8. 8. Core Personality Traits <ul><li>Special </li></ul><ul><li>Sheltered </li></ul><ul><li>Confident </li></ul><ul><li>Team-Oriented </li></ul><ul><li>Conventional </li></ul><ul><li>Pressured </li></ul><ul><li>Achieving </li></ul>
    9. 11. ATTITUDES <ul><li>Evaluative statements concerning objects, people, or events. They reflect how we feel about something. </li></ul><ul><li>Major Job Attitudes </li></ul><ul><li>- job satisfaction: positive feeling about a job </li></ul><ul><li>-job involvement: job performance important to self worth </li></ul><ul><li>-organizational commitment: individual identifies with goals of organization and wants to be a part of it </li></ul>
    10. 12. COGNITIVE DISSONANCE <ul><li>Occurs when there are inconsistencies between two or more of a person’s attitudes or between a person’s behavior and attitudes. </li></ul><ul><li>-Suggests that people seek to minimize dissonance and the discomfort it causes. In other words, individuals SEEK CONSISTENCY. </li></ul><ul><li>Example: If individuals are required by job to things that contradict their personal attitude, they will modify that attitude in order to make it combatable with the cognition of what they must do. </li></ul>
    11. 13. Attitudes vs. Behavior <ul><li>Attitudes considered to be important have more impact on behavior </li></ul><ul><li>-the more specific the attitude and the more specific the behavior, the stronger the link </li></ul><ul><li>-attitudes that are easily remembered are more likely to predict behavior </li></ul><ul><li>-the relationship between attitudes and behavior if the attitude is the result of a personal experience </li></ul><ul><li>-discrepancies between attitudes and behavior are more likely to occur when social pressures hold exceptional power </li></ul>
    12. 14. Perception <ul><li>Process by which individuals organize and interpret their sensory impressions in order to give meaning to their environment. </li></ul><ul><li>We do not see reality, we interpret what we see and call it reality </li></ul><ul><li>People have inherent biases in how they see others nd in how they make decisions. </li></ul><ul><li>Perception is a mental and cognitive process that enables us to interpret and understand our surroundings </li></ul>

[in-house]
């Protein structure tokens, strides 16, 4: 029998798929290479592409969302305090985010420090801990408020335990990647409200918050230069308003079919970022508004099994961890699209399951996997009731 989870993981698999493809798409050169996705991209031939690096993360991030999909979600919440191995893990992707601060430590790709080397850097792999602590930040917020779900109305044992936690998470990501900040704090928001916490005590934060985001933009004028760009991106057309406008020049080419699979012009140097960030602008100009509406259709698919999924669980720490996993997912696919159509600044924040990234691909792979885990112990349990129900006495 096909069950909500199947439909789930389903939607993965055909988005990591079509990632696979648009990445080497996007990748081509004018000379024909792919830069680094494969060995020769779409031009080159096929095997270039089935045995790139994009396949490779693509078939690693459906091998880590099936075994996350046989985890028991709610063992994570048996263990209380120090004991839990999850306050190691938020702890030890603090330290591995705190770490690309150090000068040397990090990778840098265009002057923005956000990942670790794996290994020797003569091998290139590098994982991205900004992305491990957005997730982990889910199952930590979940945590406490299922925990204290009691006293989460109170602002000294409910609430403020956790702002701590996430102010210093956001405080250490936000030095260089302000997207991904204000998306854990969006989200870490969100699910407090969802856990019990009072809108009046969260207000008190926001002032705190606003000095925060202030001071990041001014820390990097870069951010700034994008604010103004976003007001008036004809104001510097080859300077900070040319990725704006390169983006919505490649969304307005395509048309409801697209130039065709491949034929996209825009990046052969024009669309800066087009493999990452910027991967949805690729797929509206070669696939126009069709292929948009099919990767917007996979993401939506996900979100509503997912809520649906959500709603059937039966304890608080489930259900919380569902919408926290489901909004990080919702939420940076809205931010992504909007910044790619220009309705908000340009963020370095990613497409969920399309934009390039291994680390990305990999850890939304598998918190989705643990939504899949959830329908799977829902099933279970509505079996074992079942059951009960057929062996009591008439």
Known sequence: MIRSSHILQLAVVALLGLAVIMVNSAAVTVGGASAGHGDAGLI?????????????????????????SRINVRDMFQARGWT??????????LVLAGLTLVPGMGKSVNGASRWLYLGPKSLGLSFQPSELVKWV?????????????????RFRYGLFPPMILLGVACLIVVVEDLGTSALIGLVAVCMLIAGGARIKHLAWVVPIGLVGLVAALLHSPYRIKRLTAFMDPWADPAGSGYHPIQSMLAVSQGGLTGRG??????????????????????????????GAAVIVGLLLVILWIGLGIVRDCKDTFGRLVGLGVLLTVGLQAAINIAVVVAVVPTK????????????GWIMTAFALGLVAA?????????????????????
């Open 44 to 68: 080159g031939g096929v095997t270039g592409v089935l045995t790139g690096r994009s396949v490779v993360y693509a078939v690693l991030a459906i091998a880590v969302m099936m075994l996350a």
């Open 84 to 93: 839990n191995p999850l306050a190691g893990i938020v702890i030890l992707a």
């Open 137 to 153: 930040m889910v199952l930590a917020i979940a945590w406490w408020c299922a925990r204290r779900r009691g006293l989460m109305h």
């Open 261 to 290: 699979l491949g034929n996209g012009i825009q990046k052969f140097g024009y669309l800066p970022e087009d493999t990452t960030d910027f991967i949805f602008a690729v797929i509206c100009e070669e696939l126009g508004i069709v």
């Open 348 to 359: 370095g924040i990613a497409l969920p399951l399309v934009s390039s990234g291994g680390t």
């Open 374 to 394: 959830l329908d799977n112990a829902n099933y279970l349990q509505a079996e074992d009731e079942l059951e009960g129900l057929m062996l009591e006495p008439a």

13. 15. Why are perceptions important <ul><li>They can be the source of communication distortion </li></ul><ul><li>They can be the source of conflict between people from different cultures </li></ul><ul><li>Think about meeting someone for the first time – you form perceptions based on: appearance, mannerisms, actions, reactions </li></ul><ul><li>You form an opinion based on this person based on YOUR PERCEPTIONS </li></ul>
    14. 16. ATTRIBUTION THEORY <ul><li>Explains how we judge people differently depending on what we attribute to a given behavior. </li></ul><ul><li>-3 determining factors </li></ul><ul><ul><li>Distinctiveness: does a person display different behaviors in different situations </li></ul></ul><ul><ul><li>Consensus: If everyone faces a similar situation, they will respond the same way </li></ul></ul><ul><ul><li>Consistency: Does the person responds the same way over time </li></ul></ul><ul><ul><li>What can we learn from this? Errors and biases distort judgment </li></ul></ul>
    15. 17. Shortcuts to Judging Others <ul><li>Selective Perception: you notice it because it stands out (noticing cars like you drive) </li></ul><ul><li>Halo Effect: draw an overall conclusion based on one characteristic </li></ul><ul><li>Contrast Effects: our reactions are based on others reaactions </li></ul><ul><li>Stereotyping: judge someone on the basis of our perception of the group that they belong to. </li></ul>
    16. 18. HOW TO AVOID BIASES & ERRORS <ul><li>Focus on Goals </li></ul><ul><li>Look for Information that Disconfirms your beliefs </li></ul><ul><li>Don’t try to create meaning out of random events </li></ul><ul><li>Increase your options </li></ul>
    17. 19. Implications <ul><li>Values: people of common ages have similar experiences thus similar work values. People of like generations may find it easier to work together. </li></ul><ul><li>Attitudes: influence behavior. Satisfied employees have lower turnover and absenteeism </li></ul><ul><li>Perception: employees react to perceptions not reality. Mgrs. Need to be aware of how employees perceive their job and mgmt practices. </li></ul>